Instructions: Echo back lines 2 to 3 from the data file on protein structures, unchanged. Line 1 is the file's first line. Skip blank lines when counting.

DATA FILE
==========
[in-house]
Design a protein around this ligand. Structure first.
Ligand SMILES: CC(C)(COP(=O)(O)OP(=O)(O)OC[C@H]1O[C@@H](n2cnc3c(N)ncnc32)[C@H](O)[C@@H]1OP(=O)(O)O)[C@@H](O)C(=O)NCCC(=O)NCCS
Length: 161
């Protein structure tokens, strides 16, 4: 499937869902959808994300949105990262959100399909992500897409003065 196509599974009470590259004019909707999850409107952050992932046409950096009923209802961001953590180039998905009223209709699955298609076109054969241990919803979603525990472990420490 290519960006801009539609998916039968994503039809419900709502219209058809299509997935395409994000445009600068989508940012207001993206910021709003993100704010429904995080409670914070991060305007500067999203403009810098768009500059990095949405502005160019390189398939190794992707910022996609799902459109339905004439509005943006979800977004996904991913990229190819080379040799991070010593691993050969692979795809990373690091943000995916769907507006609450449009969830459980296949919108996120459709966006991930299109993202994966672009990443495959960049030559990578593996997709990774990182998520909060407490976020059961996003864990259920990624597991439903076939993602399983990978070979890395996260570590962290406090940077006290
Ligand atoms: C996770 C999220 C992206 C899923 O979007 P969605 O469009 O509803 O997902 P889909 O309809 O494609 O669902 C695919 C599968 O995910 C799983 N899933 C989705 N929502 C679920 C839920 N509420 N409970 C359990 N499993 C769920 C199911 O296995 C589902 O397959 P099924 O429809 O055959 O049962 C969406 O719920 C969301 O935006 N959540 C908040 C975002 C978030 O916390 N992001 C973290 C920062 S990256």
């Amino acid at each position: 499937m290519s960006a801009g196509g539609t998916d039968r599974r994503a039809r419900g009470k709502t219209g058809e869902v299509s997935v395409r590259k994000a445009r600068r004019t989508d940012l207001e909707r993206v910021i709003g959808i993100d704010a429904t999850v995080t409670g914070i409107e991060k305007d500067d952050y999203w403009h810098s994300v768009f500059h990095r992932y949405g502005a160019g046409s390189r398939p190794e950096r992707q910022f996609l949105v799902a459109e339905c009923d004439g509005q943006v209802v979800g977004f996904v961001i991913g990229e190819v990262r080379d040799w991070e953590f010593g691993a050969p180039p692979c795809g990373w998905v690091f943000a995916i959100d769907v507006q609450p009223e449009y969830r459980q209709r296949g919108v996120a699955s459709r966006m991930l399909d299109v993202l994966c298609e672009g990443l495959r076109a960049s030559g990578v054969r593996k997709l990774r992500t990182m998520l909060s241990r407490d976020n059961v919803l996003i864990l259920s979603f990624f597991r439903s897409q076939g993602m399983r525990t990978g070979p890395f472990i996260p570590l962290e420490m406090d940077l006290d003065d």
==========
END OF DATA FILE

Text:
Design a protein around this ligand. Structure first.
Ligand SMILES: CC(C)(COP(=O)(O)OP(=O)(O)OC[C@H]1O[C@@H](n2cnc3c(N)ncnc32)[C@H](O)[C@@H]1OP(=O)(O)O)[C@@H](O)C(=O)NCCC(=O)NCCS